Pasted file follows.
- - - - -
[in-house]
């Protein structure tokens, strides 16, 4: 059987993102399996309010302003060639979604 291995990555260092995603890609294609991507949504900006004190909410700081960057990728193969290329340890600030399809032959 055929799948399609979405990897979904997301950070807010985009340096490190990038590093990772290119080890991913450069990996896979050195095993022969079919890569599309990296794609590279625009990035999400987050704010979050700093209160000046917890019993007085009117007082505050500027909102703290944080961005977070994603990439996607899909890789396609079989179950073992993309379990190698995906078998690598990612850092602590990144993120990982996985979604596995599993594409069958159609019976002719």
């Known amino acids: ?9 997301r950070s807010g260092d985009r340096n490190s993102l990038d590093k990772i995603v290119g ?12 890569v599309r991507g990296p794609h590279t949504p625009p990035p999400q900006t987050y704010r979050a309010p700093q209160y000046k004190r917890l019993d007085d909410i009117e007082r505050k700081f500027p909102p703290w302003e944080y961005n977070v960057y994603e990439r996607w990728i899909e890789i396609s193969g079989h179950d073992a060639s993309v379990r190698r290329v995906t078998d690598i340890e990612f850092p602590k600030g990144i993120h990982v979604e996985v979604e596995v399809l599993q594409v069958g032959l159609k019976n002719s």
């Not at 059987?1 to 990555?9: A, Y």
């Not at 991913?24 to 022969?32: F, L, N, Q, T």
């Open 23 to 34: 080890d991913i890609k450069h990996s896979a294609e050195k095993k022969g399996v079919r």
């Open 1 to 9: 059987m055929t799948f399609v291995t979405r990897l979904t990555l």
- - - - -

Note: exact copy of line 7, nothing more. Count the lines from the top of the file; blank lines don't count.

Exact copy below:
């Open 1 to 9: 059987m055929t799948f399609v291995t979405r990897l979904t990555l």